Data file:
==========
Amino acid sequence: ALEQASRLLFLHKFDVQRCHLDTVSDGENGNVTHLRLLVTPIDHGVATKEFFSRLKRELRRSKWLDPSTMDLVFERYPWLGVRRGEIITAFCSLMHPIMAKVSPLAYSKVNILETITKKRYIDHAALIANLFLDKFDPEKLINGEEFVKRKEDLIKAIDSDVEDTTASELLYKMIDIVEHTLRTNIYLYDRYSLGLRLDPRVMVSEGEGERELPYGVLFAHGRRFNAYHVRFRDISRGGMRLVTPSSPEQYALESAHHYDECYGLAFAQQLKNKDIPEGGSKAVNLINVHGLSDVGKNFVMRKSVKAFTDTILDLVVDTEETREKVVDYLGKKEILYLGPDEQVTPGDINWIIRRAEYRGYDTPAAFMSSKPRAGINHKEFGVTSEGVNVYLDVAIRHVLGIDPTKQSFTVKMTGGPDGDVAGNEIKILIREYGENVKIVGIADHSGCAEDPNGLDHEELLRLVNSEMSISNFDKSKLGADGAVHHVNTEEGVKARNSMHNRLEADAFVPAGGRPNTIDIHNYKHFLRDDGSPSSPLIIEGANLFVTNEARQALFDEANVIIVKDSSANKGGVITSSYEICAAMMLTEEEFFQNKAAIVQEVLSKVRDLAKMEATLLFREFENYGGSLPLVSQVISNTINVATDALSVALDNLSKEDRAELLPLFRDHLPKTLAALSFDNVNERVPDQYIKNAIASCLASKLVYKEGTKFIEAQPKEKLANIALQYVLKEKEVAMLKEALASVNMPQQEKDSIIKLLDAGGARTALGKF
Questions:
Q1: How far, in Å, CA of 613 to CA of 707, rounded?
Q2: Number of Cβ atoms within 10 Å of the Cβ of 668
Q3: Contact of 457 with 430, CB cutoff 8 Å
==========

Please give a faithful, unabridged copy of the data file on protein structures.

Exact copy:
Amino acid sequence: ALEQASRLLFLHKFDVQRCHLDTVSDGENGNVTHLRLLVTPIDHGVATKEFFSRLKRELRRSKWLDPSTMDLVFERYPWLGVRRGEIITAFCSLMHPIMAKVSPLAYSKVNILETITKKRYIDHAALIANLFLDKFDPEKLINGEEFVKRKEDLIKAIDSDVEDTTASELLYKMIDIVEHTLRTNIYLYDRYSLGLRLDPRVMVSEGEGERELPYGVLFAHGRRFNAYHVRFRDISRGGMRLVTPSSPEQYALESAHHYDECYGLAFAQQLKNKDIPEGGSKAVNLINVHGLSDVGKNFVMRKSVKAFTDTILDLVVDTEETREKVVDYLGKKEILYLGPDEQVTPGDINWIIRRAEYRGYDTPAAFMSSKPRAGINHKEFGVTSEGVNVYLDVAIRHVLGIDPTKQSFTVKMTGGPDGDVAGNEIKILIREYGENVKIVGIADHSGCAEDPNGLDHEELLRLVNSEMSISNFDKSKLGADGAVHHVNTEEGVKARNSMHNRLEADAFVPAGGRPNTIDIHNYKHFLRDDGSPSSPLIIEGANLFVTNEARQALFDEANVIIVKDSSANKGGVITSSYEICAAMMLTEEEFFQNKAAIVQEVLSKVRDLAKMEATLLFREFENYGGSLPLVSQVISNTINVATDALSVALDNLSKEDRAELLPLFRDHLPKTLAALSFDNVNERVPDQYIKNAIASCLASKLVYKEGTKFIEAQPKEKLANIALQYVLKEKEVAMLKEALASVNMPQQEKDSIIKLLDAGGARTALGKF
Questions:
Q1: How far, in Å, CA of 613 to CA of 707, rounded?
Q2: Number of Cβ atoms within 10 Å of the Cβ of 668
Q3: Contact of 457 with 430, CB cutoff 8 Å